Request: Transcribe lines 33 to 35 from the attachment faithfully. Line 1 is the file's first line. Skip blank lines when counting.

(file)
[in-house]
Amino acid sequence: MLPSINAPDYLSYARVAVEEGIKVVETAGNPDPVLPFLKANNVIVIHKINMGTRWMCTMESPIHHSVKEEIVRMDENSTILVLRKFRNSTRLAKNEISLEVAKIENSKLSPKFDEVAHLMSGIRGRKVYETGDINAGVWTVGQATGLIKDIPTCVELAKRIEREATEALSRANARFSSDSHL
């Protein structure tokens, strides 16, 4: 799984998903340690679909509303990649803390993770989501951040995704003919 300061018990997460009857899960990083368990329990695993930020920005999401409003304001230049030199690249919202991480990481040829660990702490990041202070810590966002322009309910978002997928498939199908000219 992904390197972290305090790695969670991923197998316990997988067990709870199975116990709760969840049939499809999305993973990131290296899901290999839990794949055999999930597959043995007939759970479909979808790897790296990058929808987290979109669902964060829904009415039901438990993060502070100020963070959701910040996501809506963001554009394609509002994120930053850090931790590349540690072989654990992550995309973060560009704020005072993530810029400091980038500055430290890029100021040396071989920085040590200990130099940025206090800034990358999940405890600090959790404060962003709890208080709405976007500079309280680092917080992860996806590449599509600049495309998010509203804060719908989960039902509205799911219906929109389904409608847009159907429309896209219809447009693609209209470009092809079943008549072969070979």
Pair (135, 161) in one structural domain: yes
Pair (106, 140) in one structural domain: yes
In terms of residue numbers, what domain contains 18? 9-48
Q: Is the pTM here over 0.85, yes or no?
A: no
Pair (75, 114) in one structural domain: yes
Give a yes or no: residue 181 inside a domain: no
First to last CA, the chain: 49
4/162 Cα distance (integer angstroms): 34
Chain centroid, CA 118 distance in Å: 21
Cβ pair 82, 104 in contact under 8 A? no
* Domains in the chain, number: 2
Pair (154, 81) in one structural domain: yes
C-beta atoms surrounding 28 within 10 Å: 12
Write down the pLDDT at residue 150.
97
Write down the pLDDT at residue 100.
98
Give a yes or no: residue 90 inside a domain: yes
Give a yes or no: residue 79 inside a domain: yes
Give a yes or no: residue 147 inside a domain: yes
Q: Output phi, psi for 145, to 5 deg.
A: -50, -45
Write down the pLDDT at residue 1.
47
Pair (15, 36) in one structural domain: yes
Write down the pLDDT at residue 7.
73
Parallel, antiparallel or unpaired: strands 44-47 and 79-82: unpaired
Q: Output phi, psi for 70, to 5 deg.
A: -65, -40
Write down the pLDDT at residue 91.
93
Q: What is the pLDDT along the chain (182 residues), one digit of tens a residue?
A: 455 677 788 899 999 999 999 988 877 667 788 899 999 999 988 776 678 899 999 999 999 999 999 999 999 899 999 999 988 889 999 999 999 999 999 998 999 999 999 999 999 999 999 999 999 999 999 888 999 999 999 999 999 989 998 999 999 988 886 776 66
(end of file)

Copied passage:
Q: Output phi, psi for 70, to 5 deg.
A: -65, -40
Write down the pLDDT at residue 91.